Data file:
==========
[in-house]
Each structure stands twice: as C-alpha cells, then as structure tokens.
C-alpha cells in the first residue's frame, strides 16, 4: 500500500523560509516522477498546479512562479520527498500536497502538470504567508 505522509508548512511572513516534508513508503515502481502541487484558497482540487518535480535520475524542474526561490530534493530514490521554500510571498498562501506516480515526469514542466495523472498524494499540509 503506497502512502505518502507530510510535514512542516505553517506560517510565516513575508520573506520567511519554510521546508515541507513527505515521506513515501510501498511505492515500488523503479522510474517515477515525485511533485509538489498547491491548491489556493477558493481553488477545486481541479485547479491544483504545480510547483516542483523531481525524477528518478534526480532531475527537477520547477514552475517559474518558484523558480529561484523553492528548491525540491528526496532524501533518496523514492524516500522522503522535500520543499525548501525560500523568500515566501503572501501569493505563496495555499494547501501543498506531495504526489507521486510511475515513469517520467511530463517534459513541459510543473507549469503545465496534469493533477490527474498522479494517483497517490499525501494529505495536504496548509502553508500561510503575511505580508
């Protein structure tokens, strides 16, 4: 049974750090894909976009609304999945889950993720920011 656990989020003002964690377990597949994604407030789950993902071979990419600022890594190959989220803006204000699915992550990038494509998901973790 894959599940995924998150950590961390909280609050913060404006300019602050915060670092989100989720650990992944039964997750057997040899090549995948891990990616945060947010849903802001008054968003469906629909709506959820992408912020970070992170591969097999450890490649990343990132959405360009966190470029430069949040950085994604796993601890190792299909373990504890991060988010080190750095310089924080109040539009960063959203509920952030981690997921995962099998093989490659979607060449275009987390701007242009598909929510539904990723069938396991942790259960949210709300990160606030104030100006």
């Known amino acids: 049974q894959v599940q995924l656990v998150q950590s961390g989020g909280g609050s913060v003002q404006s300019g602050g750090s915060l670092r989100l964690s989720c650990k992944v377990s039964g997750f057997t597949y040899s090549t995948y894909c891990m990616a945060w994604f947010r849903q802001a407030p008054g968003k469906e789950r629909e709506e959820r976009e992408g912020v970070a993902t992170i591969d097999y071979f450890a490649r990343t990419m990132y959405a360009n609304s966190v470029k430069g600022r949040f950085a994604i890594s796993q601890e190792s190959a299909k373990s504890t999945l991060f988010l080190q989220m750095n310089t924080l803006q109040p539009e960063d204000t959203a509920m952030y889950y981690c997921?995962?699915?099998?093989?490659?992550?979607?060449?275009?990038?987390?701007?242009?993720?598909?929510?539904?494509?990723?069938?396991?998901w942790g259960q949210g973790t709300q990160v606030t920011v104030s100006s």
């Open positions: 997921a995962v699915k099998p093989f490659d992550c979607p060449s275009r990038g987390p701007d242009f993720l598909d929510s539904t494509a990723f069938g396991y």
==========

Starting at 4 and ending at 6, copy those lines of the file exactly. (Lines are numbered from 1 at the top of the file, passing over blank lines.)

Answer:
């Protein structure tokens, strides 16, 4: 049974750090894909976009609304999945889950993720920011 656990989020003002964690377990597949994604407030789950993902071979990419600022890594190959989220803006204000699915992550990038494509998901973790 894959599940995924998150950590961390909280609050913060404006300019602050915060670092989100989720650990992944039964997750057997040899090549995948891990990616945060947010849903802001008054968003469906629909709506959820992408912020970070992170591969097999450890490649990343990132959405360009966190470029430069949040950085994604796993601890190792299909373990504890991060988010080190750095310089924080109040539009960063959203509920952030981690997921995962099998093989490659979607060449275009987390701007242009598909929510539904990723069938396991942790259960949210709300990160606030104030100006």
């Known amino acids: 049974q894959v599940q995924l656990v998150q950590s961390g989020g909280g609050s913060v003002q404006s300019g602050g750090s915060l670092r989100l964690s989720c650990k992944v377990s039964g997750f057997t597949y040899s090549t995948y894909c891990m990616a945060w994604f947010r849903q802001a407030p008054g968003k469906e789950r629909e709506e959820r976009e992408g912020v970070a993902t992170i591969d097999y071979f450890a490649r990343t990419m990132y959405a360009n609304s966190v470029k430069g600022r949040f950085a994604i890594s796993q601890e190792s190959a299909k373990s504890t999945l991060f988010l080190q989220m750095n310089t924080l803006q109040p539009e960063d204000t959203a509920m952030y889950y981690c997921?995962?699915?099998?093989?490659?992550?979607?060449?275009?990038?987390?701007?242009?993720?598909?929510?539904?494509?990723?069938?396991?998901w942790g259960q949210g973790t709300q990160v606030t920011v104030s100006s």
């Open positions: 997921a995962v699915k099998p093989f490659d992550c979607p060449s275009r990038g987390p701007d242009f993720l598909d929510s539904t494509a990723f069938g396991y």